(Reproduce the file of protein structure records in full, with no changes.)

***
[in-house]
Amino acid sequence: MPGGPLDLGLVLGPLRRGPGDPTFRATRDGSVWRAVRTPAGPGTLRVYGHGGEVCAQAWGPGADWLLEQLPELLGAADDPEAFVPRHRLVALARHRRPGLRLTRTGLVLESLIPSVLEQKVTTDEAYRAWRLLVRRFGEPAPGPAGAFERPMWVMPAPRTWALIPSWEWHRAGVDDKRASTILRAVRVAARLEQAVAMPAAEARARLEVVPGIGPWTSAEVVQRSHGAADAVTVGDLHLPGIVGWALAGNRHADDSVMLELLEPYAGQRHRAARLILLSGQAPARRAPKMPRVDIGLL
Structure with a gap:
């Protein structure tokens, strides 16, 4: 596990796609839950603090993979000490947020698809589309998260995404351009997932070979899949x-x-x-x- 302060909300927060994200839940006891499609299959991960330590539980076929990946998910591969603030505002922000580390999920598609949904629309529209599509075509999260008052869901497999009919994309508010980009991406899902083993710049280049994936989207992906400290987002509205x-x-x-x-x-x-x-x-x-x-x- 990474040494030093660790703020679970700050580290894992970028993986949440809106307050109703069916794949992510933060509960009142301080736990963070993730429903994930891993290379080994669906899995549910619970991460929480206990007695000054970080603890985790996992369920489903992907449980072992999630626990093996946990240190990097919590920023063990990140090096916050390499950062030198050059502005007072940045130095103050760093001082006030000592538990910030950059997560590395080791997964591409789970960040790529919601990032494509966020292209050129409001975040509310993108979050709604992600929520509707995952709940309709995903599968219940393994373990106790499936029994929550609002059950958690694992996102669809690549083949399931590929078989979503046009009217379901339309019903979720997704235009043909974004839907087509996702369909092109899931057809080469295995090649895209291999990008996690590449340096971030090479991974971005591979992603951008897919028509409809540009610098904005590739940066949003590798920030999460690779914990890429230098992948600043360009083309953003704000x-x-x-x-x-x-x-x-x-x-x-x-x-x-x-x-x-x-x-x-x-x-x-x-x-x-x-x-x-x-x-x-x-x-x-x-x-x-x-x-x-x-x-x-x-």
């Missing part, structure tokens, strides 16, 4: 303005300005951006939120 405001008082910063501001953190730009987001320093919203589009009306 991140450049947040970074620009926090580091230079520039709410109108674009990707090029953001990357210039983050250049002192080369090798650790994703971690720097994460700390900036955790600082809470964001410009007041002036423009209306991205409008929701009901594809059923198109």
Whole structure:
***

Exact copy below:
[in-house]
Amino acid sequence: MPGGPLDLGLVLGPLRRGPGDPTFRATRDGSVWRAVRTPAGPGTLRVYGHGGEVCAQAWGPGADWLLEQLPELLGAADDPEAFVPRHRLVALARHRRPGLRLTRTGLVLESLIPSVLEQKVTTDEAYRAWRLLVRRFGEPAPGPAGAFERPMWVMPAPRTWALIPSWEWHRAGVDDKRASTILRAVRVAARLEQAVAMPAAEARARLEVVPGIGPWTSAEVVQRSHGAADAVTVGDLHLPGIVGWALAGNRHADDSVMLELLEPYAGQRHRAARLILLSGQAPARRAPKMPRVDIGLL
Structure with a gap:
């Protein structure tokens, strides 16, 4: 596990796609839950603090993979000490947020698809589309998260995404351009997932070979899949x-x-x-x- 302060909300927060994200839940006891499609299959991960330590539980076929990946998910591969603030505002922000580390999920598609949904629309529209599509075509999260008052869901497999009919994309508010980009991406899902083993710049280049994936989207992906400290987002509205x-x-x-x-x-x-x-x-x-x-x- 990474040494030093660790703020679970700050580290894992970028993986949440809106307050109703069916794949992510933060509960009142301080736990963070993730429903994930891993290379080994669906899995549910619970991460929480206990007695000054970080603890985790996992369920489903992907449980072992999630626990093996946990240190990097919590920023063990990140090096916050390499950062030198050059502005007072940045130095103050760093001082006030000592538990910030950059997560590395080791997964591409789970960040790529919601990032494509966020292209050129409001975040509310993108979050709604992600929520509707995952709940309709995903599968219940393994373990106790499936029994929550609002059950958690694992996102669809690549083949399931590929078989979503046009009217379901339309019903979720997704235009043909974004839907087509996702369909092109899931057809080469295995090649895209291999990008996690590449340096971030090479991974971005591979992603951008897919028509409809540009610098904005590739940066949003590798920030999460690779914990890429230098992948600043360009083309953003704000x-x-x-x-x-x-x-x-x-x-x-x-x-x-x-x-x-x-x-x-x-x-x-x-x-x-x-x-x-x-x-x-x-x-x-x-x-x-x-x-x-x-x-x-x-």
């Missing part, structure tokens, strides 16, 4: 303005300005951006939120 405001008082910063501001953190730009987001320093919203589009009306 991140450049947040970074620009926090580091230079520039709410109108674009990707090029953001990357210039983050250049002192080369090798650790994703971690720097994460700390900036955790600082809470964001410009007041002036423009209306991205409008929701009901594809059923198109």
Whole structure: